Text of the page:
Last August, Warren Buffett, the billionaire chairman and chief executive of Berkshire Hathaway, made an unusual demand in a New York Times op-ed: Tax me more. “While the poor and middle class fight for us in Afghanistan, and while most Americans struggle to make ends meet, we mega-rich continue to get our extraordinary tax breaks…My friends and I have been coddled long enough by a billionaire-friendly Congress,” wrote Buffett, who proposed raising tax rates on those making more than $1 million, and an additional rate increase on those earning more than $10 million.
At the State of the Union in January, President Obama proposed legislation that would do just that. He called on Congress to enact the Buffett Rule, a law that would tax richer Americans – those earning at least $2 million -- at a rate of at least 30 percent.
This week, the administration launched a campaign to promote the bill before an April 16 vote to decide if the Senate will debate the bill or not.
But a campaign for a fairer tax code has a side benefit: It’s the perfect ammo against likely GOP candidate Mitt Romney, who, according to the New York Times, paid a 13. 9 percent tax rate on $21.7 million in income in 2010.
In a mass email today, James Kvaal, the national policy director for Obama for America, calls the Buffett Rule debate “ a perfect example of the choice in this election.
Right now, some millionaires and billionaires are paying a lower tax rate than their secretaries.
President Obama wants to fix that with the Buffett Rule, which would ensure that people making more than $1 million a year can't get special deals to pay a lower rate than many middle-class families. It's an important part of his plan to reduce our deficit, pay for investments in programs to help our economy grow, and make the middle class stronger…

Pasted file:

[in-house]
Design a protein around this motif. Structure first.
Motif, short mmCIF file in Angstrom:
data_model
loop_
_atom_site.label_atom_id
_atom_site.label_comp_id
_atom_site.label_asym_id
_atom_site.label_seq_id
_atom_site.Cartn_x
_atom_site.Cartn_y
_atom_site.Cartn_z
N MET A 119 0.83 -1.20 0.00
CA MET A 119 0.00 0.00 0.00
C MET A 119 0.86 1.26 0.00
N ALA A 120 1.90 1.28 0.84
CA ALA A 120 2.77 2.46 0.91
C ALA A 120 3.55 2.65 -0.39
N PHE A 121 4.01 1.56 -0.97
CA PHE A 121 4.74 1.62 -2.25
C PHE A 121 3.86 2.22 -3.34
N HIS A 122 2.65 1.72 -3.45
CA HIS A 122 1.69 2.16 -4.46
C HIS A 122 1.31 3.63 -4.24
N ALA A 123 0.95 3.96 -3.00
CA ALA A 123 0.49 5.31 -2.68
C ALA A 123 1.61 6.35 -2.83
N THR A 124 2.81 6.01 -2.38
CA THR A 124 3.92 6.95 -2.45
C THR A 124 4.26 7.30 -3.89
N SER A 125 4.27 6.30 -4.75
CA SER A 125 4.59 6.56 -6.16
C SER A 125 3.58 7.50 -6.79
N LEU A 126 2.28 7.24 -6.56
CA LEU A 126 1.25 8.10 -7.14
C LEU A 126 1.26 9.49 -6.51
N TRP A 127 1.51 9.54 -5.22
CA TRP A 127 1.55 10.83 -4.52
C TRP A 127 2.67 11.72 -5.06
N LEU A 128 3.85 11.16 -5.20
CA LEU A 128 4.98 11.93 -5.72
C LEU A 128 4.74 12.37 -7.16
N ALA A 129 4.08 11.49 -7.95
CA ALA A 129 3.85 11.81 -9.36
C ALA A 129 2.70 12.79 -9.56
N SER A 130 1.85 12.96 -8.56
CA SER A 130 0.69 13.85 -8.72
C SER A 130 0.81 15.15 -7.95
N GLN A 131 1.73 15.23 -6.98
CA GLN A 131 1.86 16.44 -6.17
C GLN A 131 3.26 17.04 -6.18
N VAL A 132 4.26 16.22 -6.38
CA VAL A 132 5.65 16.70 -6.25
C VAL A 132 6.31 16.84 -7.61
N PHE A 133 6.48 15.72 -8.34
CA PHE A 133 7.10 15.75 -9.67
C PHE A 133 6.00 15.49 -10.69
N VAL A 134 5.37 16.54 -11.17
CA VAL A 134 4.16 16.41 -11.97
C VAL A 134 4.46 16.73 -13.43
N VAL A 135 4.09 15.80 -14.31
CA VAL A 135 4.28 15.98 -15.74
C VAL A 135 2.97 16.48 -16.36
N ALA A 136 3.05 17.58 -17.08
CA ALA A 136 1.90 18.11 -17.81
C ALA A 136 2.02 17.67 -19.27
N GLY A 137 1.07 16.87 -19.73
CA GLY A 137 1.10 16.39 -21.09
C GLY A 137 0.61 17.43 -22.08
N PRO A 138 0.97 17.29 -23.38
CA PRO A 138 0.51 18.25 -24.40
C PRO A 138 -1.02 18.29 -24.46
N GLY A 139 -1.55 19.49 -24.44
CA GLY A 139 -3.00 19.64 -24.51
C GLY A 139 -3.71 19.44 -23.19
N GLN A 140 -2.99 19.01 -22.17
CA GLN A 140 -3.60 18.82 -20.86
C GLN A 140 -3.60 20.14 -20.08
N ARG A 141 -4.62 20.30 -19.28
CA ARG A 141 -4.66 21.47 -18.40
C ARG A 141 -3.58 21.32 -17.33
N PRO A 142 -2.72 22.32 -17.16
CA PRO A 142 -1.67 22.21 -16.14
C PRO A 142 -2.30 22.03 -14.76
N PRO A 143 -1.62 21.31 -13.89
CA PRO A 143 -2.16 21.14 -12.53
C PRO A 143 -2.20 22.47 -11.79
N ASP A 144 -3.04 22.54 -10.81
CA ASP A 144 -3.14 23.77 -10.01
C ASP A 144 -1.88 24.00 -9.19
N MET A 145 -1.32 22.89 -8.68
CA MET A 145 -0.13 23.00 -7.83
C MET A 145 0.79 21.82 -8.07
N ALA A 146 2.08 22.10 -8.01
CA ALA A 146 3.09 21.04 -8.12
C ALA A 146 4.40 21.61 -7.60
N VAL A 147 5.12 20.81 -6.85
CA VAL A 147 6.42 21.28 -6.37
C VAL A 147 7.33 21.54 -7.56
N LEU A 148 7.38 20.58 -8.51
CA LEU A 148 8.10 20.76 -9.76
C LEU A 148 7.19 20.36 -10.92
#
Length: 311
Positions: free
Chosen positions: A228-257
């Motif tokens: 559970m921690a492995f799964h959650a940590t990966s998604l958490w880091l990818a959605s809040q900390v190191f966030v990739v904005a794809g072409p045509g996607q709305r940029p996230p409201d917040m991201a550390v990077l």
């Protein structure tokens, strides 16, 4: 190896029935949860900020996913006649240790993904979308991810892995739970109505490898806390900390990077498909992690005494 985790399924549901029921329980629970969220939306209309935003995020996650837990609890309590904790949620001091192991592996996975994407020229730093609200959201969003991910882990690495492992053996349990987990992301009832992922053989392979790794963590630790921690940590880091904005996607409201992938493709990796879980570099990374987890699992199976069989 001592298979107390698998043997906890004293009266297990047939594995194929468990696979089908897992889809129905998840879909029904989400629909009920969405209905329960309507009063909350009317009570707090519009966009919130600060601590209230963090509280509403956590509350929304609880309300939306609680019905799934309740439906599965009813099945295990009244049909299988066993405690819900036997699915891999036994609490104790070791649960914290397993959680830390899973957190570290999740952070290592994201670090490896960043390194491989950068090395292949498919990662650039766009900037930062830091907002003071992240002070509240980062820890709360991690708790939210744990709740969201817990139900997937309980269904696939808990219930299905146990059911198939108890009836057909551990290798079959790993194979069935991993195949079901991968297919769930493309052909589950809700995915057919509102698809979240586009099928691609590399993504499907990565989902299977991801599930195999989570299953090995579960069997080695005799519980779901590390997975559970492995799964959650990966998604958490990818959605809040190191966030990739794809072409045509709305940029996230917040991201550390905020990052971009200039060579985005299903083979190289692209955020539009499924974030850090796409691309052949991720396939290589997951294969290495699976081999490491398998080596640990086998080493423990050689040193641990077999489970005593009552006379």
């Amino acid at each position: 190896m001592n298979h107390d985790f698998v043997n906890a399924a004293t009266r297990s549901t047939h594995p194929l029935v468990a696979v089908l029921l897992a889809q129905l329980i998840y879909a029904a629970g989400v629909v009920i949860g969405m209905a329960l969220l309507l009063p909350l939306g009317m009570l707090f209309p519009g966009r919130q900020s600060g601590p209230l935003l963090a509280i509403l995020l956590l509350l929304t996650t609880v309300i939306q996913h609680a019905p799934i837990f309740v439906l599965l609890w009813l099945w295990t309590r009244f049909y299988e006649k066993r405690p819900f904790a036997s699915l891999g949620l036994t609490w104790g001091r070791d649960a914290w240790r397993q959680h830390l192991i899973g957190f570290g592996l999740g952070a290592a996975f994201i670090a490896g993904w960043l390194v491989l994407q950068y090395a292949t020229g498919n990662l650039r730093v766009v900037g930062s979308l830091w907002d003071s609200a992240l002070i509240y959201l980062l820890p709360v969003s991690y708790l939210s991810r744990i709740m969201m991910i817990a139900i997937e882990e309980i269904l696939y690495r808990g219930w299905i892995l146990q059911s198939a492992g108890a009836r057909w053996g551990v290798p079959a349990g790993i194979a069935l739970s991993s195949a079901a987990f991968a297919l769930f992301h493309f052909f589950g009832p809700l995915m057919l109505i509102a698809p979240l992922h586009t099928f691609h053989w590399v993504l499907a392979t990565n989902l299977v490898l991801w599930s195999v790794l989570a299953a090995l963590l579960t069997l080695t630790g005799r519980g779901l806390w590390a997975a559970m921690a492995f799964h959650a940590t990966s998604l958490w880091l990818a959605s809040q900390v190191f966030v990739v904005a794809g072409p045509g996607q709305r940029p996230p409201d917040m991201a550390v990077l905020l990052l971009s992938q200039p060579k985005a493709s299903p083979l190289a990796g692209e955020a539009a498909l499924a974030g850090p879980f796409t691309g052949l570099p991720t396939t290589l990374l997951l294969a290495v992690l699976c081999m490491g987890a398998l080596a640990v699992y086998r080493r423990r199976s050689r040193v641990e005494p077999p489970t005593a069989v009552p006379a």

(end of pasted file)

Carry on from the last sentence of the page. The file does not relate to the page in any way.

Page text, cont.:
…When it comes to our broken tax system, Romney is proposing additional breaks for the folks in the very highest brackets (folks like him, incidentally). He'd pay for them by cutting programs that invest in the middle class and help grow our economy, and by gutting Medicare and Social Security.”
Romney's Communication Director, Gail Gitcho, responded to the Obama campaign in a press release today:
"President Obama is the first president in history to openly campaign for re-election on a platform of higher taxes. He has already raised taxes on millions of Americans, but he won’t stop there. He wants to raise taxes on millions more by taxing small businesses and job creators. We appreciate the Obama campaign reinforcing Mitt Romney’s platform of lowering tax rates across the board in order to jumpstart this bad Obama economy.”
With the Obama campaign’s publicity push and Mitt Romney’s pushback, the Buffett Rule will likely get a lot of attention in the coming weeks. But according to New America’s Asset Building Program, several other aspects of our tax code deserve time in the limelight, too: Income tax rates are far from the only part of the tax system that’s reinforcing inequality among lower-income Americans. On Wednesday, the Assets Program will publish a report that breaks down the most flawed parts of the current U.S. tax and spending policies, and explains how those rules exacerbate wealth and income inequality. Stay tuned for more on the report later this week.
Photo credit: Kim Kyung Hoon / Reuters